Blogs

1.9.2021 Arie Riekhoff

Why retire? Because we can

While there is rich research on Finnish retirement, relatively little is known about personal motivations behind retirement decisions. In latest round of the Survey on Health, Ageing and Retirement in Europe (SHARE) Finnish pensioners were asked a simple question: Why did you retire? More than 80 per cent indicated that they retired because they became eligible for a pension. Compared to other European pensioners, the influence of poor health on retirement decisions in Finland raises concern.

26.2.2021 Arie Riekhoff

Destabilised careers, poorer pensions?

Globalisation, deindustrialisation, automation, digitalisation and liberalisation are often believed to make working life more fragmented and unstable. We investigated such claims in the recently completed project “Fragmented work careers?” (“Pirstoutuvatko työurat?”), led by researchers of Tampere University. Overall, we found no definitive trends towards fragmentation and destabilisation in Finland. However, we identified persisting labour market inequalities between genders and socioeconomic groups. These findings have important implications for pensions as well.

17.12.2020 Arie Riekhoff

Mind the gap! Educational differences in average effective ages of retirement

The Finnish Centre for Pensions recently reported that Finns continue to retire at a later age. In line with the rising eligibility age for the old-age pension, the average retirement age went up three months in 2019 compared to 2018. This can be seen as a successful outcome of a series of reforms in the Finnish pension system and labour market and is good news in many ways. However, figures of rising retirement ages tend to hide socioeconomic inequalities in extending working lives.

26.10.2020 Mika Vidlund

Forewarned is forearmed – automatic stabilizing mechanisms in pension financing in five countries

Our pension system is currently sailing through deep waters. The seas are likely to get rougher in the future. Reduced fertility rates and lower interest rates form dark clouds on the sky over our pension system. The most recent gust of icy winds is the corona pandemic, which has only added to the challenges pension financing faces. Yet it is possible to navigate through the rough seas – partly on automatic pilot.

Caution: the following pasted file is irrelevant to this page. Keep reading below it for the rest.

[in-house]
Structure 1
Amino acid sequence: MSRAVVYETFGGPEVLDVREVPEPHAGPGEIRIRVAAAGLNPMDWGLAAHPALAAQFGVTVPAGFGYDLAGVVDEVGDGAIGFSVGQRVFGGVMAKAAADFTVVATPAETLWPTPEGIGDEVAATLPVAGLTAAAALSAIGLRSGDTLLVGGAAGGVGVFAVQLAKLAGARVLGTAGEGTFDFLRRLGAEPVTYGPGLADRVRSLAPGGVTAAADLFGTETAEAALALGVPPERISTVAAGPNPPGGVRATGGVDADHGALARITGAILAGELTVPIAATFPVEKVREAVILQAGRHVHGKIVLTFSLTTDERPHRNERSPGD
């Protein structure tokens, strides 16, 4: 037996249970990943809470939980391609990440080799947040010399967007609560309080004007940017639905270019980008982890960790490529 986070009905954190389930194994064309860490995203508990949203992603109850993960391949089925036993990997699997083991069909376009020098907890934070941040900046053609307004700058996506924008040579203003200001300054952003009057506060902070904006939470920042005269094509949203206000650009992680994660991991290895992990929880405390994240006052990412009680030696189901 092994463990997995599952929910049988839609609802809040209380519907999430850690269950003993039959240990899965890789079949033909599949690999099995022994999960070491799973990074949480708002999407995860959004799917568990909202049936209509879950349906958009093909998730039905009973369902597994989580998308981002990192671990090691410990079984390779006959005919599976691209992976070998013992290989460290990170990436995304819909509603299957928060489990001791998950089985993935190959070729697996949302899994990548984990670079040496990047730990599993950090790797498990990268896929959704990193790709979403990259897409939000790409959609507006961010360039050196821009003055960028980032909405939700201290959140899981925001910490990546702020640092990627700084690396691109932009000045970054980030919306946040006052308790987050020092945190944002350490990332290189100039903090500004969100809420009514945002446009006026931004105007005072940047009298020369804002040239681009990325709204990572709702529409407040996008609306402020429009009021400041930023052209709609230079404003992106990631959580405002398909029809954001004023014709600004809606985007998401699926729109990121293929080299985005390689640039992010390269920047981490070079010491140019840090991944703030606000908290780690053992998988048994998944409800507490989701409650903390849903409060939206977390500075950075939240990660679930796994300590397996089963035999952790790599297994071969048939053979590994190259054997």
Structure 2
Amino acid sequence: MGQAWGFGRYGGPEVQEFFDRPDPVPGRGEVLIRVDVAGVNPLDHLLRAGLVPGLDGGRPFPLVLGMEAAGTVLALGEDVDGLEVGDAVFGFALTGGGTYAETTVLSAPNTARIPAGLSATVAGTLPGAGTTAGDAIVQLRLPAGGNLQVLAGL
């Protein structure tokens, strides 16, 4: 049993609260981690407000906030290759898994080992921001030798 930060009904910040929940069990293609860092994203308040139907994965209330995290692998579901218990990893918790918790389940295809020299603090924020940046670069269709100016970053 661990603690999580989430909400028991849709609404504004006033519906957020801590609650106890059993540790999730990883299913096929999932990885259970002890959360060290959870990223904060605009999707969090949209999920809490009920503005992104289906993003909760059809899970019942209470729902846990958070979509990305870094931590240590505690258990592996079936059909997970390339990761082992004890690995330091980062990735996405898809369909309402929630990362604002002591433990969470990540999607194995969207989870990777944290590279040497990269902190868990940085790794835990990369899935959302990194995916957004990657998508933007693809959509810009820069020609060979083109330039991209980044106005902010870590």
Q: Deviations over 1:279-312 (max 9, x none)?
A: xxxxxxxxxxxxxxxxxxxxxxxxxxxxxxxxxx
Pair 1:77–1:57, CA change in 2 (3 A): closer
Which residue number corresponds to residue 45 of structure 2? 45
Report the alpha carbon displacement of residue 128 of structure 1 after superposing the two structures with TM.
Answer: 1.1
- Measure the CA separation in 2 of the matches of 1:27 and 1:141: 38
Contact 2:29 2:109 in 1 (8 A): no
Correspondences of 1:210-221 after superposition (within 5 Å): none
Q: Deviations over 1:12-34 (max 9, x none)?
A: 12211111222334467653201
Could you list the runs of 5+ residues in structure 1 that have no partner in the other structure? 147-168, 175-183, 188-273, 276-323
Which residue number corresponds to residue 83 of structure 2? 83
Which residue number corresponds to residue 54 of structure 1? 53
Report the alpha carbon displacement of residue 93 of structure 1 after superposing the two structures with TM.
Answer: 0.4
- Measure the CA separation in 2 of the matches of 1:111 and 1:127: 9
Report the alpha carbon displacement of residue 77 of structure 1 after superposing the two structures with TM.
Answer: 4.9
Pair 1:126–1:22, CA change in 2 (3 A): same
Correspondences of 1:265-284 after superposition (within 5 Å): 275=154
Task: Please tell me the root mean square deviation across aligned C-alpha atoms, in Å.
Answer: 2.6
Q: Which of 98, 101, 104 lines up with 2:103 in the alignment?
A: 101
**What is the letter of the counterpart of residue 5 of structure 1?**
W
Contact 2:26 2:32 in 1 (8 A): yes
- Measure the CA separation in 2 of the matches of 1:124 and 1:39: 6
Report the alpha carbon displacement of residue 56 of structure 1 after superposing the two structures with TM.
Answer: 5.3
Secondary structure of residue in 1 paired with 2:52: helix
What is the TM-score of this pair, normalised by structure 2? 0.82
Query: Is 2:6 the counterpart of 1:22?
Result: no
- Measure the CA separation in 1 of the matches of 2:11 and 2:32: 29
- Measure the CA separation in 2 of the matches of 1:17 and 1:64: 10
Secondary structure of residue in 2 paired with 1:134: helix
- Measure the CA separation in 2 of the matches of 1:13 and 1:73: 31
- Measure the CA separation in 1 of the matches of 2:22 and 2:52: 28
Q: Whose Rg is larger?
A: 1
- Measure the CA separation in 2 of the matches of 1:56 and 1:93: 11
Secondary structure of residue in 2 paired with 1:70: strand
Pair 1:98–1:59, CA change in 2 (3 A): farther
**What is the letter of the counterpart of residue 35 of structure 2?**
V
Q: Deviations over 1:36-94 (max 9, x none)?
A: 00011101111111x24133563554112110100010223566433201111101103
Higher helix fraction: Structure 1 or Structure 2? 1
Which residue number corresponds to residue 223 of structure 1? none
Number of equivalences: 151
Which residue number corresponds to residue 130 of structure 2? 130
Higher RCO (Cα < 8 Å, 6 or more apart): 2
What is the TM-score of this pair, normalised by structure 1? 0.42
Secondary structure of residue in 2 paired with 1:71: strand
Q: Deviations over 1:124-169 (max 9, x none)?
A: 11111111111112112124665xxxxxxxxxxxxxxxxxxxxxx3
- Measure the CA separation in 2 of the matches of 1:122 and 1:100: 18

30.6.2020 Liisa-Maria Palomäki

How does the quality of life of older Finnish citizens compare to that of older citizens in Europe?

Older people in Finland are forced to give up on things they want to do because of shortage of money and family responsibilities slightly more often than their Swedish and Danish counterparts. Nevertheless, such problems are considerably less common in the Nordic countries than in Eastern and Southern European countries. Things are left undone more often due to shortage of money than family responsibilities.

28.5.2020 Arie Riekhoff

Low-skilled older workers and early exit from the labour market: It’s not just who you are and where you work, but also whom you work with

In Finland, like in most other advanced industrialised countries, low-skilled older workers are at a higher risk of early exit from the labour market than their higher-educated peers. To extend these workers’ working lives, relying on their own responsibility or implementing more government policies alone will not be enough: the help of employers is needed.

13.11.2019 Anu Polvinen

Working old-age pensioners are satisfied with their life

Post-retirement work has become more common in Finland and in other countries in recent years. Older people who continue working after retirement have been found to be happier and healthier than those who are not working. This blog clarifies the association between post-retirement work and life satisfaction in Finland. The results are based on a postal survey conducted by the Finnish Centre for Pension in the autumn of 2017.